(Chopin). In Kate Chopin’s novel, The Awakening, the reader is introduced to Edna Pontellier, a passionate, rebellious woman. Throughout the novel, it becomes apparent how unsettled Edna feels about her life. The reader can identify this by her thoughts, desires, and actions, which are highly inappropriate for an affluent woman of the time. In the novel, Edna has an awakening and finds the courage to make the changes she sees necessary. Kate Chopin is able to make quality connections in order to symbolize her innermost desires. Chopin does this by providing references to the sea, and the birds, and then using them to foreshadow Edna’s end of life
decision.…show more content…

In The Awakening, Edna finds herself yearning for this type of freedom and independence. She desperately wants to be relinquished from her stagnant life of wife and motherhood. Kate Chopin chooses to represent
Edna’s desires through these symbolic birds. These solid references are scattered throughout the novel. They are first seen in chapter one, when Mr. Pontellier enters Madame Lebrun’s: “A green and yellow parrot, which hung in a cage outside the door” (Chopin) and, “…the mockingbird that hung on the other side of the door, whistling his fluty notes out upon the breeze with maddening persistence” (Chopin). These are, arguably, the two most significant pieces of symbolism in relationship to birds. This is because the parrot and mockingbird are in cages, representing the idea that Edna feels trapped by her current life. Also, the birds are squawking at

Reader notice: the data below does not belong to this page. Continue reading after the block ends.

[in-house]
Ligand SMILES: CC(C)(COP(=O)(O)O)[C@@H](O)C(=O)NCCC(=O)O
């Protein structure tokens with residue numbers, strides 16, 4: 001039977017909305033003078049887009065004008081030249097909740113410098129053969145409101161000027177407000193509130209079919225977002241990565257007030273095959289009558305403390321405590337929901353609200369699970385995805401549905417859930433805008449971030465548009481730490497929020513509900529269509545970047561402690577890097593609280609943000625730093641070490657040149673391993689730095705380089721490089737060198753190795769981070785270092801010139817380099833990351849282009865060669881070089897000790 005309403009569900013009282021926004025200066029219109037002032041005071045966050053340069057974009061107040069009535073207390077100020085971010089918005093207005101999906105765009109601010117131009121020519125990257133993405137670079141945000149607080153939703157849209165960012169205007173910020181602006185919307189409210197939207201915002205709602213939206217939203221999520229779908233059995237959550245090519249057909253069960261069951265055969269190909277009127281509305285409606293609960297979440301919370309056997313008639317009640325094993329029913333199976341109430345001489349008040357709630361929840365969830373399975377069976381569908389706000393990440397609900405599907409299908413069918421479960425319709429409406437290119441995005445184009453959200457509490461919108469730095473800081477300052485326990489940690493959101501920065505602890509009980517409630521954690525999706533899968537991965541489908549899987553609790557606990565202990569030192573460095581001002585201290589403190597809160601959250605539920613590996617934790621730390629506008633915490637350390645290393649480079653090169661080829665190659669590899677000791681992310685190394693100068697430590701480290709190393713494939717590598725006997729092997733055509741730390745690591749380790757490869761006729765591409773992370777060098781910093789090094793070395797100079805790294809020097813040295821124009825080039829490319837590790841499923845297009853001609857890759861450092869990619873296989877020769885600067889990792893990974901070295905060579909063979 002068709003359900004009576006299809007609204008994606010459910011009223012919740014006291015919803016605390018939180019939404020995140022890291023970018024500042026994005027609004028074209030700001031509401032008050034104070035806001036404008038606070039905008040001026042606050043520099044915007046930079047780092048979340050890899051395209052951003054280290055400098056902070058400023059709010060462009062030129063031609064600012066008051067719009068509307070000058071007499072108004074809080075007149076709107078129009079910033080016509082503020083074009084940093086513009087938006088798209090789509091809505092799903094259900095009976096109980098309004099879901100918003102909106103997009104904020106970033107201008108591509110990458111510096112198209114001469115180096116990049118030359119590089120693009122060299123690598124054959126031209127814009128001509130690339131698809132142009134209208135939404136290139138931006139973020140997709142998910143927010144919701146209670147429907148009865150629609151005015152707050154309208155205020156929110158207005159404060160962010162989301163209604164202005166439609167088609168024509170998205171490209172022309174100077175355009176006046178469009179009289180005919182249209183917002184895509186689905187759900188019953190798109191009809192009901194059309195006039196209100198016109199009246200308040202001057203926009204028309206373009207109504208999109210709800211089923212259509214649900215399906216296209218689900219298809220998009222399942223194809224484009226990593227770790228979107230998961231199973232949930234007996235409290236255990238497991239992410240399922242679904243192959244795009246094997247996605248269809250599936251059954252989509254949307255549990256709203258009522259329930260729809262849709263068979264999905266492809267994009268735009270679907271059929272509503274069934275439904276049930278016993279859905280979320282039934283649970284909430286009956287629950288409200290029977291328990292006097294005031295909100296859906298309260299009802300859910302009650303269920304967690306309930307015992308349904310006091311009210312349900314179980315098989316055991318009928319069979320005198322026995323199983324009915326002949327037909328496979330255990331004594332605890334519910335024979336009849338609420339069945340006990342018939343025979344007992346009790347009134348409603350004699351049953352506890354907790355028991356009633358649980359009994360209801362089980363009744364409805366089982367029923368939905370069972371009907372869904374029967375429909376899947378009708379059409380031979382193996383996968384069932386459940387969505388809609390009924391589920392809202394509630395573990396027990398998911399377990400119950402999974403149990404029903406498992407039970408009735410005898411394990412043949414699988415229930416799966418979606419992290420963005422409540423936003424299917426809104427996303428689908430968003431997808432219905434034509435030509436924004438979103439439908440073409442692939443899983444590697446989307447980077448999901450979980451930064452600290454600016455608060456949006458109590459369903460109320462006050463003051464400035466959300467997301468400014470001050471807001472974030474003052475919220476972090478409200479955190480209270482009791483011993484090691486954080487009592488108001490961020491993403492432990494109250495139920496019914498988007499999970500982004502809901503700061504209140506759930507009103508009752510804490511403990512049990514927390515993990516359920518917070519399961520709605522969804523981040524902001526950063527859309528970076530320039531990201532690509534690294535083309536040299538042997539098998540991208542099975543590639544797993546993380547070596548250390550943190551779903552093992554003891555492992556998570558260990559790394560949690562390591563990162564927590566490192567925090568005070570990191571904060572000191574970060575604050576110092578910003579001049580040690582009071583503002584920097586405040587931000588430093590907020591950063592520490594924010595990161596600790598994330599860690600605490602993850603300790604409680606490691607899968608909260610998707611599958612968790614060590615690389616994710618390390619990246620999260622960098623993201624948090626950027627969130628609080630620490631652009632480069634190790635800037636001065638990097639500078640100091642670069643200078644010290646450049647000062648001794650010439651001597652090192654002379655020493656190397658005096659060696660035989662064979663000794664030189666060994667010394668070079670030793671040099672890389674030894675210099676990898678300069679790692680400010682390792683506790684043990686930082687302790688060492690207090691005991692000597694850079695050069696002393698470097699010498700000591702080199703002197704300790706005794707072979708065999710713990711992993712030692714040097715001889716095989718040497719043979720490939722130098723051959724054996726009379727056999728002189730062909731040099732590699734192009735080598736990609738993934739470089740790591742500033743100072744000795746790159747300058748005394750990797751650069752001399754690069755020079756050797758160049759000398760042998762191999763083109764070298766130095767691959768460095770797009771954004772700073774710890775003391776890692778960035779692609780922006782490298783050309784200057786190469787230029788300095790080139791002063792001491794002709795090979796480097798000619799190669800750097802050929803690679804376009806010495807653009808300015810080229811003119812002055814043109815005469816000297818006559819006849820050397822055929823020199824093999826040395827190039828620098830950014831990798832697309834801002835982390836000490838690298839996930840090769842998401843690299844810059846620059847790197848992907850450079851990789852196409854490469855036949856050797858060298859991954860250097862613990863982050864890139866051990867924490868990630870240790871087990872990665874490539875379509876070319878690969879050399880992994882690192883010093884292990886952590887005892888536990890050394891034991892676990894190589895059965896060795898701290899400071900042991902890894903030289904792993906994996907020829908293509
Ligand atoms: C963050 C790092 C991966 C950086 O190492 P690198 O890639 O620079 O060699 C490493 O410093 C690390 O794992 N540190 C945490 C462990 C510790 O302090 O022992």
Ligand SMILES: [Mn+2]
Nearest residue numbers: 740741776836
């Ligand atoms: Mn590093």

Mr. Pontellier, representing the voice Edna is unable to express for herself early on in the novel
(Shmoop Editorial Team). The next reference to birds appears when Mademoiselle Reisz says to
Edna: “The bird that would soar above the level plain of tradition and prejudice must have strong wings” (Chopin). This is understood to mean that if Edna truly needs her freedom and independence to be happy, then she must be courageous enough to go against the norms of society (Shmoop Editorial Team).